There’s much more to math classes at Mansfield Middle School this year than simply finding correct answers. Students are understanding how they found the answers.
“We’re pushing them to think: Why is that correct? Why did that work?” said Angela Wolboldt, math teacher leader at the middle school.
Wolboldt completed required training in conjunction with Ohio State University-Mansfield to help lead the district’s Math Literacy Collaborative instruction. The district has implemented math literacy concepts in kindergarten through eighth grade, working closely with Terri Bucci, an OSU-M mathematician and associate professor of education, and Lee McEwan, professor of mathematics. “Math literacy is about thinking, about developing a deeper understanding of mathematics,” she said. “Kids talk about math, share their thoughts and work individually, in pairs or in groups. They take greater ownership of their work because they develop the process that solves problems.”
Problem solving is the focus of math literacy instruction and students are required to justify their solutions, strategies and answers. Teachers are facilitators who use questions rather than lectures to move students toward a deeper understanding.
Stephen Rizzo, district director of curriculum, said the math literacy concept will be used in conjunction with new middle school math textbooks approved by the board of education last month. “This is an important element in our focus on student achievement,” he said. “Teachers will utilize effective math questions and techniques to create a classroom culture that fosters achievement.”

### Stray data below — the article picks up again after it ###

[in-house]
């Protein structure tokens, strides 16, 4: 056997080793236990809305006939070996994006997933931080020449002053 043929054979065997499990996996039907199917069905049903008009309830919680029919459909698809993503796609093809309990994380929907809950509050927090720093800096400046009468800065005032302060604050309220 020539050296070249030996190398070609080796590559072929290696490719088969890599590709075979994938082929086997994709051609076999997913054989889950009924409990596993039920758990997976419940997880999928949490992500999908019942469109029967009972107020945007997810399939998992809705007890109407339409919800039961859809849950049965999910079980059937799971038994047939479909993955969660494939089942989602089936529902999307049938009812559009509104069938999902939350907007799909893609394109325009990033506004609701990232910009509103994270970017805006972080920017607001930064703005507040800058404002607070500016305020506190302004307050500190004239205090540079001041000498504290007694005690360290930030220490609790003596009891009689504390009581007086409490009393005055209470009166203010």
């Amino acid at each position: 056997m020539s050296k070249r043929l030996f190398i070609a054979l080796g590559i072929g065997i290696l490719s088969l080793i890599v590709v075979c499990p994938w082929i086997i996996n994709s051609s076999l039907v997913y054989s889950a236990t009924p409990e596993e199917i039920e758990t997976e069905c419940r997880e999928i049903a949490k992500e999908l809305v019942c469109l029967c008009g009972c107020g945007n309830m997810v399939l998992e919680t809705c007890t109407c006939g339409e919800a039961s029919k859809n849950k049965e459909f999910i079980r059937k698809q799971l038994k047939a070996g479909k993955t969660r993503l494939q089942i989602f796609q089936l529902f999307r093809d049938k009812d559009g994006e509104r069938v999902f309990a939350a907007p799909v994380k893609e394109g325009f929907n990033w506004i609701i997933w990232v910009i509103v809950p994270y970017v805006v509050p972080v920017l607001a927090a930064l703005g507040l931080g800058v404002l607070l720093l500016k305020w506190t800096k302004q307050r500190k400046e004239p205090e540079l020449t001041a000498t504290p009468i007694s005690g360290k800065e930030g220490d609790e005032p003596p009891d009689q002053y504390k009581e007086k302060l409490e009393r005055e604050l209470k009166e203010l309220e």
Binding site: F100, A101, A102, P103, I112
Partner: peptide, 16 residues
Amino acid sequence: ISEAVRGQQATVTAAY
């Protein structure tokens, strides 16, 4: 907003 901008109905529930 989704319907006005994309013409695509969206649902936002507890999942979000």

Wolboldt and her fellow math teachers lead the instruction but stimulate students “to see themselves as mathematicians.” As math teacher leader, Wolboldt teaches two math classes each day, then spends two periods working with seventh-grade teachers and two periods working with eighth-grade teachers on techniques to implement math literacy strategies.
Wolboldt said the math literacy approach creates an environment where students feel safe to take risks and learn from mistakes. “It prepares students with the skills and understanding to build upon for their next level of learning,” she said. “We’re seeing results. Kids are gaining a better understanding of math. It’s exciting.”